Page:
[333 Ga.App. 104] Nevertheless, Fennelly contends that our decision in Davis v. Hybrid Industries, Inc. stands for the general proposition that tort claims arising from an alleged wrongful eviction may survive summary judgment when a writ of possession is vacated after its execution. It is true that, in Davis, this Court summarily held that " [o]nce the trial court set aside its earlier judgment granting the writ of possession, it was proper to allow [the tenant's] counterclaim" for conversion. However, the facts of Davis are easily distinguishable from those in the case sub judice in several respects. First, Davis concerned a dispossessory action between two businesses involving the lease of " a 1,000 square foot warehouse cubicle," not a leased residence. Second, once the writ of possession issued, the landlord in Davis removed the tenant's personal property from the cubicle, moved some of the property to a different warehouse for " safekeeping," and gave other pieces of property to the movers as " compensation for their services."  Third, the writ of possession in Davis was later vacated because the trial court concluded that the plaintiff in the dispossessory action was " a mere stranger to the action, and that service by tacking [on the storage cubicle] was insufficient because personal service had been possible."  Thus, while it may very well have been appropriate for this Court to affirm the trial court's decision in Davis allowing a conversion claim to go forward under the particular circumstances presented in that case, they bear no resemblance to those at issue here. Finally, and most significantly, the division of Davis relied upon by Fennelly to support his argument (i.e., Division 2) is entirely bereft of any reasoning or citation to authority, and therefore is of little (if any) precedential
value. Indeed, Davis does not even identify the nature of the claim of error that Division 2 was apparently intended to resolve.
Further, although Fennelly relies solely on Davis, we acknowledge that, in Stringer v. Bugg, this Court ultimately allowed various tort claims against a residential landlord to survive summary judgment when the eviction was carried out under a writ of possession that was later vacated because the trial court erroneously found that the relevant claims were barred by res judicata. But in Stringer, we [333 Ga.App. 105] expressly stated that when an eviction was " carried out under a writ of possession issued by the magistrate court, and until that writ was vacated, it was lawful and the eviction was not wrongful."  Moreover, it appears that there was evidence that the landlord in Stringer engaged in unlawful conduct in procuring the writ of possession. Indeed, the magistrate court that set aside the writ of possession in Stringer found that the landlord initiated the dispossessory action in violation of an agreement with the tenant, misled the tenant into failing to file an answer in that proceeding, and essentially " perpetrated a fraud on the court" by requesting a writ of possession to which he was not entitled. But here, unlike in Stringer, Fennelly has presented no evidence that Lyons engaged in anything other than lawful conduct in obtaining and executing the writ of possession.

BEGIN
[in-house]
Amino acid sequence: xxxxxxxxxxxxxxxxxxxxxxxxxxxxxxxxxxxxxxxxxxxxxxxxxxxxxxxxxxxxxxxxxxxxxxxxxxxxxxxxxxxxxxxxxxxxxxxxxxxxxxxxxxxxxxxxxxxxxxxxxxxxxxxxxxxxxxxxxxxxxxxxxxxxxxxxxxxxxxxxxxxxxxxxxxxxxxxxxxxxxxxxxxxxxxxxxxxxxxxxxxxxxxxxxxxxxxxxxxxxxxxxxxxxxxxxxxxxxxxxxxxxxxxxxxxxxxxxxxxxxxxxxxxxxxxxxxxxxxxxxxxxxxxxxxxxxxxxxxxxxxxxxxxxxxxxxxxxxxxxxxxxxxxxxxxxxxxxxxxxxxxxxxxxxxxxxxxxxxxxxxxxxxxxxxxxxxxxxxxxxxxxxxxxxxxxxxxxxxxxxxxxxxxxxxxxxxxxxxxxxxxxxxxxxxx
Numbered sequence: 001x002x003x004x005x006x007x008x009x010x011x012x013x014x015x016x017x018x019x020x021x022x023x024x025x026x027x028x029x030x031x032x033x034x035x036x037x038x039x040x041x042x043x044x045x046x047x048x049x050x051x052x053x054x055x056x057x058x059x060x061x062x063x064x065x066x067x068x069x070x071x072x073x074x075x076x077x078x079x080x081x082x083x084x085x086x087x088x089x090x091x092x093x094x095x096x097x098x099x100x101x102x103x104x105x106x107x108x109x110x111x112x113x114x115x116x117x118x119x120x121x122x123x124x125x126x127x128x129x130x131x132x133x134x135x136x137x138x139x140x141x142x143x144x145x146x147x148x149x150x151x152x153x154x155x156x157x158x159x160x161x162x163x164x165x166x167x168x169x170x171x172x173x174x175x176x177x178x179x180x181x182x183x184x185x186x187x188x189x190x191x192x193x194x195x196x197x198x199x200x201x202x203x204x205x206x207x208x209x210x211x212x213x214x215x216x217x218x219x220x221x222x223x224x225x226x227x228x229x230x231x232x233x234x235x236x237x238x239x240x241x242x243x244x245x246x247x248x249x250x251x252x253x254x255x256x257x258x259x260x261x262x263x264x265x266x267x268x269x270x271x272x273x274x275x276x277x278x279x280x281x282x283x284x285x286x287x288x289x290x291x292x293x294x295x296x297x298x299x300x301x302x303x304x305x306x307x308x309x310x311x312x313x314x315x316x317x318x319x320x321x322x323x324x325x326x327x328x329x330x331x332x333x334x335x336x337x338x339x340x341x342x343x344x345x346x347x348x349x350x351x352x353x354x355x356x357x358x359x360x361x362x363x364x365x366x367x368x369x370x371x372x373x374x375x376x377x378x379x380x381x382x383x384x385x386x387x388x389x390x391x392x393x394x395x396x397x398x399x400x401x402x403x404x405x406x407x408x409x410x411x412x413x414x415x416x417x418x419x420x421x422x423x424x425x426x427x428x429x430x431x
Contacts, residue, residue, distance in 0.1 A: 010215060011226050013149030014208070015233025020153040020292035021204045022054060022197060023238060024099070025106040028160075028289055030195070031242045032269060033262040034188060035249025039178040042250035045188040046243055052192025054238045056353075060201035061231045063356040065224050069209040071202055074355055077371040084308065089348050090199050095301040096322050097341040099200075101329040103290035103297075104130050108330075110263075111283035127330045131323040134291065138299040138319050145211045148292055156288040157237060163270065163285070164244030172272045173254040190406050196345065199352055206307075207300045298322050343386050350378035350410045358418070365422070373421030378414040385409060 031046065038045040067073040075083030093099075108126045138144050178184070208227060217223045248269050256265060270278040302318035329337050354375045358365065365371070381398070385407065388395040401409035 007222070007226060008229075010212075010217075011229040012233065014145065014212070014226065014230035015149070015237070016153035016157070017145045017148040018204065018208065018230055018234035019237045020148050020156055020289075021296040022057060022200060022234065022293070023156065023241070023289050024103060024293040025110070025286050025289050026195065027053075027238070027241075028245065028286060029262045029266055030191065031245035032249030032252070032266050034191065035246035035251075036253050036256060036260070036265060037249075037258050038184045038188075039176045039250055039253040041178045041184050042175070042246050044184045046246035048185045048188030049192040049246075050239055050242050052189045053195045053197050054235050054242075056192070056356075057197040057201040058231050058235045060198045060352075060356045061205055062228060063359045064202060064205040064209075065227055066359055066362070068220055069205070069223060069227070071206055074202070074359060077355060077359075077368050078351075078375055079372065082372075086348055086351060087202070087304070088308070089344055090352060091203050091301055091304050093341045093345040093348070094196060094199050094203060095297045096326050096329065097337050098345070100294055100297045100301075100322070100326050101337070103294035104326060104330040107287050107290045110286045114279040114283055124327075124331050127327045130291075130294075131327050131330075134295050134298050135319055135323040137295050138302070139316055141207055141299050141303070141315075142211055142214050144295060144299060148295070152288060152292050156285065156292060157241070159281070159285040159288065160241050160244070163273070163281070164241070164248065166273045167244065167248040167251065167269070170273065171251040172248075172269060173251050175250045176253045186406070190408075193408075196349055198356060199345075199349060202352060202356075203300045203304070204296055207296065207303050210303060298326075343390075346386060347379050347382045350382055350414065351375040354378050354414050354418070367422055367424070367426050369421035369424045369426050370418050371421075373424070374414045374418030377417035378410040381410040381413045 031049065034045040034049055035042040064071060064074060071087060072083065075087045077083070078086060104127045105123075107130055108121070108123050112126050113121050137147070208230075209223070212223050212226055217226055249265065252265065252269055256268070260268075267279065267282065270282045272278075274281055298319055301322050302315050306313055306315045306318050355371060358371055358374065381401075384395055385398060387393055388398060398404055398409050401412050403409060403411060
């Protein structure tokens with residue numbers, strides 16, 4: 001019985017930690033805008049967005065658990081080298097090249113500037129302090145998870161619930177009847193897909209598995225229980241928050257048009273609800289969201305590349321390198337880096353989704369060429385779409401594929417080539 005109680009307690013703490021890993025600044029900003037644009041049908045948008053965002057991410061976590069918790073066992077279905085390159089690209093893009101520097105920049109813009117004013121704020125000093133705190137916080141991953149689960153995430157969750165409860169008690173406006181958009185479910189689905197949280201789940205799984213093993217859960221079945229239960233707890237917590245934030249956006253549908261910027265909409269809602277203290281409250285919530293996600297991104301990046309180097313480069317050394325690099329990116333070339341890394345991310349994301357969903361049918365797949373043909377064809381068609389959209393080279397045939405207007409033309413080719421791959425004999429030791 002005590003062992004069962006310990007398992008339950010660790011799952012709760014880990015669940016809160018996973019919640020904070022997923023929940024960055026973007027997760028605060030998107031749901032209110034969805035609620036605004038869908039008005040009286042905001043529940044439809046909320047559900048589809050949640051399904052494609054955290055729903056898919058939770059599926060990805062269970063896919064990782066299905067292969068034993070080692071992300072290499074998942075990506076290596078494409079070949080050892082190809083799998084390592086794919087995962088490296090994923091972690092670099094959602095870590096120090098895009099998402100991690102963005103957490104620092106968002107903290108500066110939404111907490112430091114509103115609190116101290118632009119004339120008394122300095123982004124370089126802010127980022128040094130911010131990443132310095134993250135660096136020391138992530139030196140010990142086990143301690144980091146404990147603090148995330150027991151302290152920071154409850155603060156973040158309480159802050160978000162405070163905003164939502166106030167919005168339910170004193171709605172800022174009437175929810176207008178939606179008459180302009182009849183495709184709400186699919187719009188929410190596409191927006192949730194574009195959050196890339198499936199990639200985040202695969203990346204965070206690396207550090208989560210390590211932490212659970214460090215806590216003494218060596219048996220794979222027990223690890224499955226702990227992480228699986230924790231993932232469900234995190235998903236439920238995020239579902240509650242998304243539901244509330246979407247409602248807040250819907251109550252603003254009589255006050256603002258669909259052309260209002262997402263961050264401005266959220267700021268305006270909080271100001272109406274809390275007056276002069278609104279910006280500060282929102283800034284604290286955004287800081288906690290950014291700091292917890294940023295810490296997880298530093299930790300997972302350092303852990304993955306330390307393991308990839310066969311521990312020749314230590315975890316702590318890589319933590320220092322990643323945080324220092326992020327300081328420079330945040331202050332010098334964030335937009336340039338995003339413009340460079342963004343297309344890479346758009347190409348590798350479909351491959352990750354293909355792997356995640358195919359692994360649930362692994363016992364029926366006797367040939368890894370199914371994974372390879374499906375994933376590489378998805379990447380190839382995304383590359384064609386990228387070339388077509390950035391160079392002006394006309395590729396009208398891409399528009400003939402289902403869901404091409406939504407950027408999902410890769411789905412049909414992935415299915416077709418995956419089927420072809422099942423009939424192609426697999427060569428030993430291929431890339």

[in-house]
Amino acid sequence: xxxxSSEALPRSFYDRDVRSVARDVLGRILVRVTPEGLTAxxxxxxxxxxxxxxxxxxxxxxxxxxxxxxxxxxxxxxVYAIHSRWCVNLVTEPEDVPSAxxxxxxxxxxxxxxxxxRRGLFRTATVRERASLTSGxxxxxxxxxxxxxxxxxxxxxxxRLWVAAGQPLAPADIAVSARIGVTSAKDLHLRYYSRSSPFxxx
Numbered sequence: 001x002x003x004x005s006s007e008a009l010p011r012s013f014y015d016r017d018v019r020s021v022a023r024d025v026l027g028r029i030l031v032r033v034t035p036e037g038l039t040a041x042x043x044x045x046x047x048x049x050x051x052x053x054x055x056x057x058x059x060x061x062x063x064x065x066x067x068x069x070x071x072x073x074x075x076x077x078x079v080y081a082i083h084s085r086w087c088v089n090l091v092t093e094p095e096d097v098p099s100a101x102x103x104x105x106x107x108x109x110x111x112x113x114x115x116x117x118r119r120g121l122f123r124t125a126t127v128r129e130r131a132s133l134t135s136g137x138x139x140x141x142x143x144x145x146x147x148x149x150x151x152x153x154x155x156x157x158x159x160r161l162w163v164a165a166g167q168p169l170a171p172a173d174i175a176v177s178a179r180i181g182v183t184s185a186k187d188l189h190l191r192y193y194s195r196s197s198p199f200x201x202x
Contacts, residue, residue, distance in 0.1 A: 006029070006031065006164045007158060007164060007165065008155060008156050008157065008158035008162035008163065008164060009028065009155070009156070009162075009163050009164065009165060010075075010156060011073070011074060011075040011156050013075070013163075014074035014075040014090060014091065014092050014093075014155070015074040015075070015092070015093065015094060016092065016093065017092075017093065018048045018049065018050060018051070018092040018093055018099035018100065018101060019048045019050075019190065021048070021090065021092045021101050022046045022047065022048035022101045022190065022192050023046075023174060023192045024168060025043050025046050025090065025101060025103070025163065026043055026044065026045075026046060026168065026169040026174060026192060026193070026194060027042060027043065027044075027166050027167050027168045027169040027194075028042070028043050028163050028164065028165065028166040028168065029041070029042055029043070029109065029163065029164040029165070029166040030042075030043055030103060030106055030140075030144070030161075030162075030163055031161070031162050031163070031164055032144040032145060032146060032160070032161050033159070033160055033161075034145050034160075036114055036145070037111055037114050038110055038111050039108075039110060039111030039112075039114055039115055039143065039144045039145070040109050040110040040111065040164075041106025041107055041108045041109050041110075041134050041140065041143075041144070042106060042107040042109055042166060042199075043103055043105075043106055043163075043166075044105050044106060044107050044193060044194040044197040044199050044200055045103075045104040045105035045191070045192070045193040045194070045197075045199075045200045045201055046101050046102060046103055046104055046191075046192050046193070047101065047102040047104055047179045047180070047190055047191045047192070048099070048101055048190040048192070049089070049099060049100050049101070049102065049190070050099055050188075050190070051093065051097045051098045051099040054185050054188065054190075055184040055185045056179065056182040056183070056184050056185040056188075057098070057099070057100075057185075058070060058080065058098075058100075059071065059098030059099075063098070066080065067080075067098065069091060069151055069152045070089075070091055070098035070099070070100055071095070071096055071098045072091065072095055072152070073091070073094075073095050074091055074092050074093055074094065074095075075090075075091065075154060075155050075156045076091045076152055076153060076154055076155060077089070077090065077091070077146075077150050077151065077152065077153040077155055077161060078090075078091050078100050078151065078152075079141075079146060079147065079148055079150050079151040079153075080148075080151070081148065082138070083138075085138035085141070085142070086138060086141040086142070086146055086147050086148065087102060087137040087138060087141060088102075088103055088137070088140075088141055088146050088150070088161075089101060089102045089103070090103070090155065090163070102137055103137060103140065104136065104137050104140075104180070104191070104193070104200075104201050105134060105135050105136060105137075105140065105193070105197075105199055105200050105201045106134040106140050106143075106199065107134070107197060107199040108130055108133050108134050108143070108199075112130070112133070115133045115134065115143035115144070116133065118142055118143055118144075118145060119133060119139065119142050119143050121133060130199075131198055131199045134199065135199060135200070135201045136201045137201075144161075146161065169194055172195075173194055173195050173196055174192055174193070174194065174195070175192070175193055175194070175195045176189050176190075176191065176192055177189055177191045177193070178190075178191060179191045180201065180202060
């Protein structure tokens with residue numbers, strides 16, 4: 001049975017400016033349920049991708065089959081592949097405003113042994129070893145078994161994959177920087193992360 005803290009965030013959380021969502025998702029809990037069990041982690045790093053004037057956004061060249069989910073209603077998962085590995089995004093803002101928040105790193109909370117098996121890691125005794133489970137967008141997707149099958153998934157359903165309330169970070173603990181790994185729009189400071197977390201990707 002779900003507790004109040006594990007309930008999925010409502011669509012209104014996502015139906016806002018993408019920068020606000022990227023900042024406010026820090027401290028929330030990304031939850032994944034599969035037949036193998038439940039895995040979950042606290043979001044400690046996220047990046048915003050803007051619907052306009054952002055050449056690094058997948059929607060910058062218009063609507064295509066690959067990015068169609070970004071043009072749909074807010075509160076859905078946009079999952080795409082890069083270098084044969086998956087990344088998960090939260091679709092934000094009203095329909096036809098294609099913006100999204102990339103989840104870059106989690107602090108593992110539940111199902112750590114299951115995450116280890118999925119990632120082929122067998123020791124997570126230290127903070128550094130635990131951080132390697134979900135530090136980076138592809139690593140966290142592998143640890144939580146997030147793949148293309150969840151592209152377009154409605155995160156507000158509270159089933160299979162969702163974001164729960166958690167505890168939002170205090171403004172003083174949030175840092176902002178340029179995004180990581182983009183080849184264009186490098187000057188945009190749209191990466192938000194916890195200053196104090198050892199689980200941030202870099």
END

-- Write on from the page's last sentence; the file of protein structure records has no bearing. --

In sum, neither Davis nor Stringer expressly holds that, when a landlord follows all of the legal requirements for obtaining a writ of possession and executes that writ in compliance with the law, a tenant can then sue the landlord in tort solely because the writ was later vacated (even when there is no evidence of wrongdoing in the procurement or execution of the writ). Regardless, to the extent that our decisions in these cases can possibly be read as standing for such a proposition, they are no longer of any precedential utility on that particular point of law.
To be clear, our holding today is a limited one: A landlord who obtains a writ of possession and follows all of the legal requirements for executing that writ may not be held liable in tort for those lawful actions on the sole basis that the writ was later vacated. Indeed, to [333 Ga.App. 106] hold otherwise would make a mockery of the law. That said, nothing in this opinion should be construed as immunizing landlords who engage in unlawful conduct, either in the procurement or execution of a writ of possession, from liability.